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The Clone Wars continue: Huawei’s iPhone-like P8 reviewed

By Leigh D. Stark | 5:25 pm 06/08/2015

Huawei’s P series has always been about the best of the best without you needing to sell a kidney, so can this year’s model fight the threat that is the iPhone, or is it just a poor cousin?

Features

Another entry in Huawei’s performance range of handsets, the P8 aims to offer improvements to the company’s efforts in its EmotionUI Android overlay, with a fair heap of technology for not too flagship a price.

Inside this phone, you’ll find an eight-core chip, the Hisilicon Kirin 930 running at 3.5GHz, consisting of one 2GHz quad-core section and another quad-core at 1.5GHz.

This processor is paired with 3GB RAM and 16GB storage, with a microSD slot for upgrading this further if need be.

Google’s Android is also on the P8, running version 5.0 “Lollipop”, with Huawei’s EmotionUI flavour and overlay of the Google operating system.

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Cameras on phones are part and parcel of design these days, and there are two here, with a 13 megapixel module on the back, as well as a 8 megapixel on the front. Both of these are capable of Full HD 1080p video capture, though only the rear camera supports a flash.

Connections on the P8 are fairly standard, including 802.11a/b/g/n WiFi, Bluetooth 4 with A2DP and Low Energy (LE), Near-Field Communication (NFC), GPS and A-GPS, and 4G LTE for high-speed mobile connectivity.

All of this sits under a 5.2 inch Full HD 1920×1080 display, providing a pixel clarity of roughly 424 pixels per inch, with this protected by a layer of Corning’s scratch-resistant Gorilla Glass 3.

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Buttons on the phone aren’t found in abundance, hardly surprising given that phones are technically just touchscreen blocks these days, and the Huawei P8 is no different providing three soft buttons at the base of the display when switch on, and only two physical buttons, both found on the right edge with a volume rocker just above a square power button.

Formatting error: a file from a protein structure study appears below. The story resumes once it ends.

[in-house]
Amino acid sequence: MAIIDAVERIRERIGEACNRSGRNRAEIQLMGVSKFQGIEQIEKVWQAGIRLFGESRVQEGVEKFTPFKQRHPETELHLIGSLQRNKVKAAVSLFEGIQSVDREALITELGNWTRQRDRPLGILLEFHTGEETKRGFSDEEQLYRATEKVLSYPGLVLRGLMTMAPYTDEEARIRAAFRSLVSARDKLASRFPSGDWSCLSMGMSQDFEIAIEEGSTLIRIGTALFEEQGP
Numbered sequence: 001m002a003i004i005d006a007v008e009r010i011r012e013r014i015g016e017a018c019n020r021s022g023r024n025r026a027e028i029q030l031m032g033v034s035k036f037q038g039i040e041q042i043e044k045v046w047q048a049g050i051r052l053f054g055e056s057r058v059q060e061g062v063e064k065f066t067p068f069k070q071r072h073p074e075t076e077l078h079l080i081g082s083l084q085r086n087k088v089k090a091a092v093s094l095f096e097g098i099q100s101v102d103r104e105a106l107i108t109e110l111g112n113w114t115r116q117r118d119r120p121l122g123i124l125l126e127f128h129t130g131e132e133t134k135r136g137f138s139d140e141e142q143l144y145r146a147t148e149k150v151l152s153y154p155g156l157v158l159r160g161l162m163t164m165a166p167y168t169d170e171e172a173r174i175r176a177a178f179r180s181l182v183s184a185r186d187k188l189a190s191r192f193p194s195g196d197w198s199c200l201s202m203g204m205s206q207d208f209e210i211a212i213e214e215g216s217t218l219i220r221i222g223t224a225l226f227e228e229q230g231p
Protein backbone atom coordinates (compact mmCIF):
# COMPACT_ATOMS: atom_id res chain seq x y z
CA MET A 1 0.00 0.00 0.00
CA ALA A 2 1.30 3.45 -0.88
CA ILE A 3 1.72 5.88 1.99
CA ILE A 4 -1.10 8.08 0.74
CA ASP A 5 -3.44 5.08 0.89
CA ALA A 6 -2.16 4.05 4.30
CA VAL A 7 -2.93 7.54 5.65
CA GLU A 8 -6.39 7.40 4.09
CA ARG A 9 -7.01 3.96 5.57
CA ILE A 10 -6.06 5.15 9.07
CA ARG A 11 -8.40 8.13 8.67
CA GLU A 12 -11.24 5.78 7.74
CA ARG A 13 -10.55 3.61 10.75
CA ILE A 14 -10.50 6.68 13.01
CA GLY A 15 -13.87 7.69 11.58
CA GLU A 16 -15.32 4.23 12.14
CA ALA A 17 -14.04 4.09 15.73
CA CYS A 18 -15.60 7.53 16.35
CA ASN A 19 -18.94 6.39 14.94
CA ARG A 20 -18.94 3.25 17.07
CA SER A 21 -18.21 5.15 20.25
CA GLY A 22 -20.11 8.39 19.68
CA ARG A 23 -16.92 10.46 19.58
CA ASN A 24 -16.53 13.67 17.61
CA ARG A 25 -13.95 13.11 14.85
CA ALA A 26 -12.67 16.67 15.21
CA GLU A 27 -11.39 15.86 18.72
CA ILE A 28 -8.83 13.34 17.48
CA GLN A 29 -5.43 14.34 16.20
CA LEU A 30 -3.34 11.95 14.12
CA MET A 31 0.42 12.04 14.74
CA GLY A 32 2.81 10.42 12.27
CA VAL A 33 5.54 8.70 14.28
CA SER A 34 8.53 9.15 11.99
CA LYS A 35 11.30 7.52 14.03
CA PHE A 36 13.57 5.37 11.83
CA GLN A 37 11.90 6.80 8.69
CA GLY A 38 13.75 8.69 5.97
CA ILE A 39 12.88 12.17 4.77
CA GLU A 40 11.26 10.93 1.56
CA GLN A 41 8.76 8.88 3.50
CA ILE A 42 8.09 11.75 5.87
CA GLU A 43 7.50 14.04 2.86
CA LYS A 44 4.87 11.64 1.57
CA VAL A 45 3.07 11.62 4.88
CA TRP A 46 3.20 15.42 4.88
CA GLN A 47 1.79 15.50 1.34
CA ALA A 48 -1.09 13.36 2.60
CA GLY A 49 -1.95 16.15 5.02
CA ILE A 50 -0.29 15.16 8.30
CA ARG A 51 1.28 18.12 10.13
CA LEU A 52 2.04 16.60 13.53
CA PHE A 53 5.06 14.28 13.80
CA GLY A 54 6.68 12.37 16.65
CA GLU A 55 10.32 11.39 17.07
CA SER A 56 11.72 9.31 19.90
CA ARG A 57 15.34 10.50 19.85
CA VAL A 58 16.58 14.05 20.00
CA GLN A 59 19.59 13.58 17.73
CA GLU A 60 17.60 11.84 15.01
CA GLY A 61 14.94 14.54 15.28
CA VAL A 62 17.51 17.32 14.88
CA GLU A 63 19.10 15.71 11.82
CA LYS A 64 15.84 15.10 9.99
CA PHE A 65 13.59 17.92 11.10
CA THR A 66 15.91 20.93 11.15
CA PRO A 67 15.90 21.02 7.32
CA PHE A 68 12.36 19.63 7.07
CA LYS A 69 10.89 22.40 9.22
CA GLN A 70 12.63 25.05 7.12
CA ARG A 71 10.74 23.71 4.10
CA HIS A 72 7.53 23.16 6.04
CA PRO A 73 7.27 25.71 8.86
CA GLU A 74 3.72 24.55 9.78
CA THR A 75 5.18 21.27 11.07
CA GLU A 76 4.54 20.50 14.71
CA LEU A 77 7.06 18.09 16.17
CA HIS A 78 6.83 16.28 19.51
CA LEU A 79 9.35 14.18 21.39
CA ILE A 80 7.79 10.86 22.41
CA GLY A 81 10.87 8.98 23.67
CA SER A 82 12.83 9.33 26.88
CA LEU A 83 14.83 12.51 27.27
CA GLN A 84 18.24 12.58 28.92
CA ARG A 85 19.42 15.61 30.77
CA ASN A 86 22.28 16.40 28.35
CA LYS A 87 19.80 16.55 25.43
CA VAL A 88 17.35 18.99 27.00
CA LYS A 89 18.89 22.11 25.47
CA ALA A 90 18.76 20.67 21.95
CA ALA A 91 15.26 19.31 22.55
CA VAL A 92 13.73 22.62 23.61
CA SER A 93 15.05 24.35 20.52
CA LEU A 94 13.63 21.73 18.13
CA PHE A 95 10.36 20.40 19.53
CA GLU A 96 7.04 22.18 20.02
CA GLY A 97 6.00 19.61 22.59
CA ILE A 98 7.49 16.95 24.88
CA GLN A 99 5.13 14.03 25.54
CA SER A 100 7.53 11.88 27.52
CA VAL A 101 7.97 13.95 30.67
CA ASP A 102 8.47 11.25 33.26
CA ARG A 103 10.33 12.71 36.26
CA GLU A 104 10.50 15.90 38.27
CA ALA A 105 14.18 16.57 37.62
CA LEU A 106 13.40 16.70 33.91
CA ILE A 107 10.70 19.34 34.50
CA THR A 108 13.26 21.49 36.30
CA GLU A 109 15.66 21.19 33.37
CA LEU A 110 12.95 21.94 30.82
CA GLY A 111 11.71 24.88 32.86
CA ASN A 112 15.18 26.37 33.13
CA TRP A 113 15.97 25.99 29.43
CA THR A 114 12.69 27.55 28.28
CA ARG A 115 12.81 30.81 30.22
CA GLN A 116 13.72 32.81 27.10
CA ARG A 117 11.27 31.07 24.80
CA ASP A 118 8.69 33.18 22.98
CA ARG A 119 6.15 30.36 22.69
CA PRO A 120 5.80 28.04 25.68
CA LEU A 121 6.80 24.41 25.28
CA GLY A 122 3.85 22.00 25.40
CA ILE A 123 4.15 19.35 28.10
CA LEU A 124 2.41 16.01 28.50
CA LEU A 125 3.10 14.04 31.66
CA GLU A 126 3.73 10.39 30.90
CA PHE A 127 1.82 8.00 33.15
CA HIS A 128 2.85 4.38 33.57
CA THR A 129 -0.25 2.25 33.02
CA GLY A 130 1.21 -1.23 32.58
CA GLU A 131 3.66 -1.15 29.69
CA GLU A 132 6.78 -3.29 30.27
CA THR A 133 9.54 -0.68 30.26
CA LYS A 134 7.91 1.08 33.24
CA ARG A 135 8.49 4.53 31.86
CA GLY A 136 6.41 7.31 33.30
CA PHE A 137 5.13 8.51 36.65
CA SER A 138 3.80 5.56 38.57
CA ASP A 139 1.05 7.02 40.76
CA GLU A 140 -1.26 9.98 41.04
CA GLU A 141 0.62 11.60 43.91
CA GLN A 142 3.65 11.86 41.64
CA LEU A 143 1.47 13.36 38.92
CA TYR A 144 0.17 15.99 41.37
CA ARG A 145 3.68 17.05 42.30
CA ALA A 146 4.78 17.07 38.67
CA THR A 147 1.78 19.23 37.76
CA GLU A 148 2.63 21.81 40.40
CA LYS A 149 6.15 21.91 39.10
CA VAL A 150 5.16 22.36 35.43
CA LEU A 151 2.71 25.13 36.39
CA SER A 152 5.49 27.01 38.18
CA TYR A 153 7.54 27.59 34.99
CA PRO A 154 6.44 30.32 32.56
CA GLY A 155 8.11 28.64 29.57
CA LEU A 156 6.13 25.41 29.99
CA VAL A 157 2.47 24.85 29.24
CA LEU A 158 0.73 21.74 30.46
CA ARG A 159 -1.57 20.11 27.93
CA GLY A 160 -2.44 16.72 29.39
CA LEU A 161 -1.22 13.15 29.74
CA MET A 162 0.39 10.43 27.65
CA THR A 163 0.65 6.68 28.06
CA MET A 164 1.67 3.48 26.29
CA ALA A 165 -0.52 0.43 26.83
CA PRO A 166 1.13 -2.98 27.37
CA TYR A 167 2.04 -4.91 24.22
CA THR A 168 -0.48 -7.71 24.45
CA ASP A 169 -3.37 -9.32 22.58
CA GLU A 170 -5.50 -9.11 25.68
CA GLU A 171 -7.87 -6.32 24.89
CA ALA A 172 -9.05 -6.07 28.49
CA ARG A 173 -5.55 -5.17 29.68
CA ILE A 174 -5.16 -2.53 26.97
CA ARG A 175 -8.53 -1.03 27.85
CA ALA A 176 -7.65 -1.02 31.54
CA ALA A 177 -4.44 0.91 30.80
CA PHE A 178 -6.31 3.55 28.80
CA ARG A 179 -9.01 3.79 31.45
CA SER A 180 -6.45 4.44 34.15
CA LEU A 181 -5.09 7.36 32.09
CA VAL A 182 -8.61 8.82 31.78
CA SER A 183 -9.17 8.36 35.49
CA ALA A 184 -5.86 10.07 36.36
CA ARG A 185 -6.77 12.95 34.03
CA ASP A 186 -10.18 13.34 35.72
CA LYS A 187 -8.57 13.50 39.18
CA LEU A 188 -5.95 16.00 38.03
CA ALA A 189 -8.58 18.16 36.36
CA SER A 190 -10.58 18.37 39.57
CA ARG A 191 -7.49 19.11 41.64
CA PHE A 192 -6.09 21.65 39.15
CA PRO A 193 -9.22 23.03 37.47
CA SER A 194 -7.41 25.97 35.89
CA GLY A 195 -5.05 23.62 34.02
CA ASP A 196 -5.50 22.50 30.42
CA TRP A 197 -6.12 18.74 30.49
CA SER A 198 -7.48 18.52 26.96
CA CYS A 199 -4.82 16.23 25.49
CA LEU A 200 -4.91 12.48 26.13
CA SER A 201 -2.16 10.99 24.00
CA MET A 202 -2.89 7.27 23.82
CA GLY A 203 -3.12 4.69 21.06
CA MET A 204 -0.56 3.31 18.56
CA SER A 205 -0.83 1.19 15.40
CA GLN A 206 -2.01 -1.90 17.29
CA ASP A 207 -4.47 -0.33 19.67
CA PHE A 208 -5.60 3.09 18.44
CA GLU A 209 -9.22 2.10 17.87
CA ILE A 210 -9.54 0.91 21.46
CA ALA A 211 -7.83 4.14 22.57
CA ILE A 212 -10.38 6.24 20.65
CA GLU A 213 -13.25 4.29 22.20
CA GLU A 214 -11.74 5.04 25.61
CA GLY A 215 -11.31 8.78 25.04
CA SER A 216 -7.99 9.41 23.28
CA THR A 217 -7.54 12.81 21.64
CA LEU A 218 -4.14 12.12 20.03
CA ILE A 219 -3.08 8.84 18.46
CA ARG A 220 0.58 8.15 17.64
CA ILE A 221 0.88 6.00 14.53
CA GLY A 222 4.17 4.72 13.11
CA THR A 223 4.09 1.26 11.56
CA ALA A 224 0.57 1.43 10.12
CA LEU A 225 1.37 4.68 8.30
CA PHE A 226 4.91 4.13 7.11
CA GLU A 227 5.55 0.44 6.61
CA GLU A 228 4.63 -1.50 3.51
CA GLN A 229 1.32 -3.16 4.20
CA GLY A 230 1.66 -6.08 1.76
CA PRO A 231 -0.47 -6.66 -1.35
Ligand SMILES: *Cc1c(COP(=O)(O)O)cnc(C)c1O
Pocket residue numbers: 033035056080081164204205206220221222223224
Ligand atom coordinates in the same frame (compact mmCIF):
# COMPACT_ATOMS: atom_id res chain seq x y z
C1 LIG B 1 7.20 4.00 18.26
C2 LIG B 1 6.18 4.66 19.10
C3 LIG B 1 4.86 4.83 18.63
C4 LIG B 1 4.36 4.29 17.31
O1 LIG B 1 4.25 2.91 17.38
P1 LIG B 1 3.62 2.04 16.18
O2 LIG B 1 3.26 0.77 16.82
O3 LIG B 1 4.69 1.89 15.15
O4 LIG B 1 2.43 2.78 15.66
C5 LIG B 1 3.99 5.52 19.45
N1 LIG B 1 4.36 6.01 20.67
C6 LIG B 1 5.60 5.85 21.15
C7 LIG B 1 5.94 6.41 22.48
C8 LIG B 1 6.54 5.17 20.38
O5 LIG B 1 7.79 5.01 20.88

Two pin ejectable slots can be found below these buttons, the first of which is used for a microSD slot, while the second is for a microSD card.

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Ports are also easily located here, with a 3.5mm headphone jack up top while the microUSB port sits at the very bottom.

The battery in this phone is not removable and is rated at 2680mAh.

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Performance

Like the opening of a “Star Wars” film, you should almost expect this review to begin “The Clone Wars continue”, the words travelling up the side of the screen with cinematic fanfare, because that’s one of the first impressions the Huawei P8 offers.

With the P8, Huawei has dropped the “Ascend” moniker we’ve previously seen from the “P” range of handsets, what we’ve come to know as the “performance” line.

These devices are meant to represent the best of the best for Huawei, or close to it, with the right amount of tech thrown into a body that is super thin and meant for people who like to keep the phone close to their person, with sexy looks thrown in for good measure, too.

In the P8, you’ll be treated to some of that, but when you take a look at the design, it’s hard not to make the comparisons.

And so, the Clone Wars continue…

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Like the Oppo R7, Huawei’s P8 takes its design cues from that of the iPhone 5, borrowing the design, flattening it, and stretching it out some, with a two-tone metal body, which on our review unit was white and a sort of silvery gold.

It’s both a comfortable design if not a tad confusing because if looks so much like an iPhone, though the metal does make it feel like you’re holding something of substance compared to yet another plastic box. Further, the 6.4mm thickness just barely undercuts that of the iPhone 6, which this is so trying to be.

Buttons are missed out on most of this handset, with the face pretty much just one piece of glass and a near edge-to-edge screen, while the back is mostly metal with a hint of glass near the camera, which is flush with the phone.

And really, this does look like an iPhone 5 made new again, adding to the fight of the clones.

Get those lightsabers ready, it’s time to turn this one on.

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Price (RRP)

$699; Available on plans from Vodafone;

Pros & Cons

Product Pros

Comfortable to hold; Well built; Fairly fast; Free screen repair (for one time) if you break the phone’s display;

Product Cons

Storage amount could be larger; Mediocre battery (standard for a flagship, though); No 802.11ac despite the phone being flagship; Huawei’s take on Android may not be ideal for all; Included screen replacement cost feels like a bit of a useless feature if you never break your screen;

Ratings

Overall

Features

Value for money

Performance

Ease of Use

Design

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